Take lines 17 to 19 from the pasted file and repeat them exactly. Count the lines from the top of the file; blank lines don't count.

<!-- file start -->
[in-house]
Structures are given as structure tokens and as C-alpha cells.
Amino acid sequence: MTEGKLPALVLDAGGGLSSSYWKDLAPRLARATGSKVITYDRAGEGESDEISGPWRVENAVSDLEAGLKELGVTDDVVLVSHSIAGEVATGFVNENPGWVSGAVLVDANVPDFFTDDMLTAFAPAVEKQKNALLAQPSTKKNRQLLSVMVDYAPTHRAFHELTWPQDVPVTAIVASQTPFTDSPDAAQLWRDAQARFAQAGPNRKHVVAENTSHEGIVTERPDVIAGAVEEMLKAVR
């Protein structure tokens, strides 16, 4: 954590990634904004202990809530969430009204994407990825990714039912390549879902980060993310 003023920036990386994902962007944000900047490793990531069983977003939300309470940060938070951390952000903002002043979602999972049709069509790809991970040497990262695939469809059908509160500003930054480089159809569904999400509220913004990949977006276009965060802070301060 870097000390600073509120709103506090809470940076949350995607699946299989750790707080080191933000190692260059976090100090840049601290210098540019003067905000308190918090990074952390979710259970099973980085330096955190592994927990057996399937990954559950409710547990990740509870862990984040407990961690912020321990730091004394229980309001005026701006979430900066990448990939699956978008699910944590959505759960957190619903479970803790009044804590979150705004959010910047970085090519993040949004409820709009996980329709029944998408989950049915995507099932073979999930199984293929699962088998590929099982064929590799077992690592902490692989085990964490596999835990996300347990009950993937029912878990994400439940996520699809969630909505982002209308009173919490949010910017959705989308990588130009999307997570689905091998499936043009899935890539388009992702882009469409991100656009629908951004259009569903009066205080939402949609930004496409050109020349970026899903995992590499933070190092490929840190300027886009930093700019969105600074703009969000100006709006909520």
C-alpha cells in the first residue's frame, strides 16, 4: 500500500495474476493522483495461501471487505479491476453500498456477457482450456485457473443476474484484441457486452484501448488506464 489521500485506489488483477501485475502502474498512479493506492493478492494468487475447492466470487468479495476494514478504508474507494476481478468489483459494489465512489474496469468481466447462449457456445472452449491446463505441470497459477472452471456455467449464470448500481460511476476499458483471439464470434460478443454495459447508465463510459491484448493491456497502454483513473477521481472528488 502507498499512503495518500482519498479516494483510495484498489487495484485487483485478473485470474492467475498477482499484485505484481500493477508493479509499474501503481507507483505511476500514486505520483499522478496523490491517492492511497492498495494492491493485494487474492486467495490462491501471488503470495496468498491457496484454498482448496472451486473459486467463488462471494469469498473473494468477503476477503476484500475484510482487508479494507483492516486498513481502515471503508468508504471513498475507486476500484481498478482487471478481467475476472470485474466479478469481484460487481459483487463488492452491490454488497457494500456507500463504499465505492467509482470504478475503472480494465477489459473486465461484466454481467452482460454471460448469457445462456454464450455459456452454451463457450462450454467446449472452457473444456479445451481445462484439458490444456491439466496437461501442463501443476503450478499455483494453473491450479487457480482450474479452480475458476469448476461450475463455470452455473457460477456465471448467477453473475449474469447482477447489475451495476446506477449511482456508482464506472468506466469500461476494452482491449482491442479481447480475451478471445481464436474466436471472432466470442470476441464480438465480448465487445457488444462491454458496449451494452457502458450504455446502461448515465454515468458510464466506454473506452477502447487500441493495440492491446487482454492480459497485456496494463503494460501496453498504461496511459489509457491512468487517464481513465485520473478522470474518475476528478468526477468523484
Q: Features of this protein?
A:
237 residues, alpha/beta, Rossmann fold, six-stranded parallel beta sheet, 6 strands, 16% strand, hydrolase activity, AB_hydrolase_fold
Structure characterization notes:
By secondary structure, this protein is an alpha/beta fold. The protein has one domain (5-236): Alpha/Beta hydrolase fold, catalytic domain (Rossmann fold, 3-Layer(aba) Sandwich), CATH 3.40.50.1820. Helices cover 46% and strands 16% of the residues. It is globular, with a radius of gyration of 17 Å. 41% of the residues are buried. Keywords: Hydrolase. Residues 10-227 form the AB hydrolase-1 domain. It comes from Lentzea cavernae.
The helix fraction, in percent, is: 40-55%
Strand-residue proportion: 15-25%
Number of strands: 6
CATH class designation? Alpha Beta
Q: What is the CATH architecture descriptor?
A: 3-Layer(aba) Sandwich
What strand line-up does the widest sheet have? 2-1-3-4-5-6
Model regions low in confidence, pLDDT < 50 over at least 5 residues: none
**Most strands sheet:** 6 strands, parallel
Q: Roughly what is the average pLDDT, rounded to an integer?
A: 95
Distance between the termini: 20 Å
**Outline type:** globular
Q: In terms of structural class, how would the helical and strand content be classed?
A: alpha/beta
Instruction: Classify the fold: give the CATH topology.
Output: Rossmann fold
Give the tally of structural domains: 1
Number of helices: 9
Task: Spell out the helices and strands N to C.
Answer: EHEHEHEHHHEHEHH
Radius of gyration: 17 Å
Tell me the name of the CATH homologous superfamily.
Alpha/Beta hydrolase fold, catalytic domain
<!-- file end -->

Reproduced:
What strand line-up does the widest sheet have? 2-1-3-4-5-6
Model regions low in confidence, pLDDT < 50 over at least 5 residues: none
**Most strands sheet:** 6 strands, parallel